$${{u}_{k}} ( t )= \int _{-1}^{1}{u ( x,t ){{{\bar{X}}}_{k}} ( x )\,dx}= \bigl( u ( x,t ),{{X}_{k}} ( x ) \bigr), \qquad {{f}_{k}}= \int _{-1}^{1}{f ( x ){\bar{X}_{k}} ( x )\,dx}= \bigl( f ( x ),{{X}_{k}} ( x ) \bigr).$$

Further, as $$\bar{L}_{\alpha q}^{*}={{L}_{\alpha q}}$$ and $$D ( L_{\alpha q}^{*} )=D ( {{L}_{\alpha q}} )$$, we have $${{X}_{k}}={{\bar{Z}}_{k}}$$. Then, taking into account the self-conjugation of the boundary conditions (D), (N), (P), and (AP), from equations (2.1) we obtain

\begin{aligned} \frac{d}{dt}{{u}_{k}} ( t )&= \bigl( {{u}_{t}} ( x,t ),{{X}_{k}} ( x ) \bigr) \\ &= \bigl( {{L}_{\alpha q}}u ( x,t )+f ( x ),{{X}_{k}} ( x ) \bigr) \\ &= \bigl( {{L}_{\alpha q}}u ( x,t ),{{X}_{k}} ( x ) \bigr)+{{f}_{k}} \\ & = \bigl( u ( x,t ),L_{\alpha q}^{*}{{X}_{k}} ( x ) \bigr)+{{f}_{k}} \\ &= \bigl( u ( x,t ),{{{ \bar{\lambda }}}_{k}} {{X}_{k}} ( x ) \bigr)+{{f}_{k}}={{ \lambda }_{k}} {{u}_{k}} ( t )+{{f}_{k}}. \end{aligned}

Thus for $${{u}_{k}} ( t )$$, we obtain the equation

$$\frac{d}{dt}{{u}_{k}} ( t )={{\lambda }_{k}} {{u}_{k}} ( t )+{{f}_{k}},$$

whose solution is

$${{u}_{k}} ( t )={{A}_{k}} {{e}^{{{\lambda }_{k}}t}}- \frac{{{f}_{k}}}{{{\lambda }_{k}}},$$

where $${{A}_{k}}$$ and $${{f}_{k}}$$ are unknown constants. The function $${{u}_{k}} ( t )$$ satisfies homogeneous conditions (4.7):

$${{u}_{k}} ( 0 )={{A}_{k}}- \frac{{{f}_{k}}}{{{\lambda }_{k}}}=0,\qquad {{u}_{k}} ( T )={{A}_{k}} {{e}^{{{ \lambda }_{k}}T}}- \frac{{{f}_{k}}}{{{\lambda }_{k}}}=0.$$

Then from the equalities

$${{A}_{k}}=\frac{{{f}_{k}}}{{{\lambda }_{k}}},\qquad \frac{{{f}_{k}}}{{{\lambda }_{k}}} \bigl( {{e}^{{{\lambda }_{k}}T}}-1 \bigr)=0$$

we get $${{f}_{k}}={{A}_{k}}=0$$, from which it follows that

$${{u}_{k}} ( t )= \int _{-1}^{1}{u ( x,t ){{{\bar{X}}}_{k}} ( x )\,dx}\equiv 0.$$

Then the basis property of the system $$\{ {{X}_{k}} ( x ) \}$$ implies the equality

$$f ( x )\equiv 0, \qquad u ( x,t )\equiv 0,$$

that is, $${{f}_{1}} ( x )={{f}_{2}} ( x )$$, $${{u}_{1}} ( x,t )={{u}_{2}} ( x,t )$$. The theorem is proved.â€ƒâ–¡

## 5 Conclusions

Summarizing, we have proved the unique solvability of inverse problems for the heat equation with involution with a complex-valued variable coefficient. In the course of proving the solvability, we have proved an important theorem on the Riesz basis property of eigenfunctions of the second-order differential operator with involution in the second derivative. The results obtained can be useful for further development of the theory of solvability of mixed problems for partial differential equations with involution.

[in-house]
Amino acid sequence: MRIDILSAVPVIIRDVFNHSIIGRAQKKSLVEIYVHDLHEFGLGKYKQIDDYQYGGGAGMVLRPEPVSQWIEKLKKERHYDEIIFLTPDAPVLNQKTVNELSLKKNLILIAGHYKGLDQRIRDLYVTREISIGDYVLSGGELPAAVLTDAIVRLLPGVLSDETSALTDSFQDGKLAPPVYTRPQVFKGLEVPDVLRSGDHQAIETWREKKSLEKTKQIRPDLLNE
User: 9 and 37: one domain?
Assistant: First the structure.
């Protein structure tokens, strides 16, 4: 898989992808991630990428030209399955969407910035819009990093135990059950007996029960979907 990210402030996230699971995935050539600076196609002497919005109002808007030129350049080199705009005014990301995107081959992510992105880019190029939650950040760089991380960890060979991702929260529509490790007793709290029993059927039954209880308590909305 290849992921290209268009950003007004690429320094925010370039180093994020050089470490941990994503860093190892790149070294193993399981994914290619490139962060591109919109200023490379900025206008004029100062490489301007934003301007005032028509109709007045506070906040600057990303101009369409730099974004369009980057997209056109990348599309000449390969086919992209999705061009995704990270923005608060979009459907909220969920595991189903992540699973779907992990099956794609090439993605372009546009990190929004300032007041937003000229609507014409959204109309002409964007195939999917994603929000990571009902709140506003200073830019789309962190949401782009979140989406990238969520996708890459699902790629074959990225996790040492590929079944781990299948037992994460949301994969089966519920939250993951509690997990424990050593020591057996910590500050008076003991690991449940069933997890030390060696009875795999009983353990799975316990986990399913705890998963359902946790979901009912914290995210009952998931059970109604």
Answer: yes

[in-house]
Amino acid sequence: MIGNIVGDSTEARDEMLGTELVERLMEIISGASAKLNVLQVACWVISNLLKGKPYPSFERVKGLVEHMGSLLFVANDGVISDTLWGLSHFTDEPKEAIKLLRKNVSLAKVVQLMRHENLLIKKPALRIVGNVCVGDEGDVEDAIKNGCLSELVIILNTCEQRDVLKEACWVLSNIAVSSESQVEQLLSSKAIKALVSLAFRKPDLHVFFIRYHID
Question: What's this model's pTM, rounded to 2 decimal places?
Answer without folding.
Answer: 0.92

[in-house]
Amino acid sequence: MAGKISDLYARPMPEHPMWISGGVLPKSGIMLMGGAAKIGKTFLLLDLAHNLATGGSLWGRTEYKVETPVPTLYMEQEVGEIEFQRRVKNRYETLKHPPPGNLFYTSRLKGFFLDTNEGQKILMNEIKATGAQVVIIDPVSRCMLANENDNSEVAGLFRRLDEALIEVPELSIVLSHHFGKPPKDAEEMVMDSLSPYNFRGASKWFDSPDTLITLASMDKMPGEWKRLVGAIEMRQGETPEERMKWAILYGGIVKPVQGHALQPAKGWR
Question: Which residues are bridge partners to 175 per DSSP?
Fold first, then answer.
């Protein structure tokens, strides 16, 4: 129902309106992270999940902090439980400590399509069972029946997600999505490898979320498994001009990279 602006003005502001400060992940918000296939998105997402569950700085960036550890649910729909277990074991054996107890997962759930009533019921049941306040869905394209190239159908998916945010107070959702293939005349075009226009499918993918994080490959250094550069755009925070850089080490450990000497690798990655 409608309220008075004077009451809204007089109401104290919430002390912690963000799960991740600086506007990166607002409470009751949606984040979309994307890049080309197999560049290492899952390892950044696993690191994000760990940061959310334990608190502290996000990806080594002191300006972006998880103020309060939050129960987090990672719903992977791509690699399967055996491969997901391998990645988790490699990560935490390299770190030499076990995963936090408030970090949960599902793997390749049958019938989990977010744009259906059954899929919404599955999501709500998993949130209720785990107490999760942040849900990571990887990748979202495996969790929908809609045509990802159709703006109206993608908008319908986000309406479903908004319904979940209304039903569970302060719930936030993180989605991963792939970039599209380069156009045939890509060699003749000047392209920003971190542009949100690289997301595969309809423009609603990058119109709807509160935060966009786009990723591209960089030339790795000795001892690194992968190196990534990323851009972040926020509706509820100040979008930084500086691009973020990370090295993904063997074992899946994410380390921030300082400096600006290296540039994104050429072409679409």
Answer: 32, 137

Not applicable.

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Not applicable.

## Funding

This research is funded by the Committee of Science of the Ministry of Science and Higher Education of the Republic of Kazakhstan, Grant no. AP13068539.

## Author information

Authors

### Contributions

Investigations: E.M. (E. Mussirepova), A.S. ( Abdissalam Sarsenbi) and A.S. (Abdizhahan Sarsenbi); writingâ€”original draft preparation,E.M. (E. Mussirepova), A.S. ( Abdissalam Sarsenbi); writingâ€”review and editing, A.S. (Abdizhahan Sarsenbi) and A.S. (Abdissalam Sarsenbi). All authors have read and agreed to the published version of the manuscript.

### Corresponding author

Correspondence to Abdissalam Sarsenbi.

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### Competing interests

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Mussirepova, E., Sarsenbi, A. & Sarsenbi, A. The inverse problem for the heat equation with reflection of the argument and with a complex coefficient. Bound Value Probl 2022, 99 (2022). https://doi.org/10.1186/s13661-022-01675-1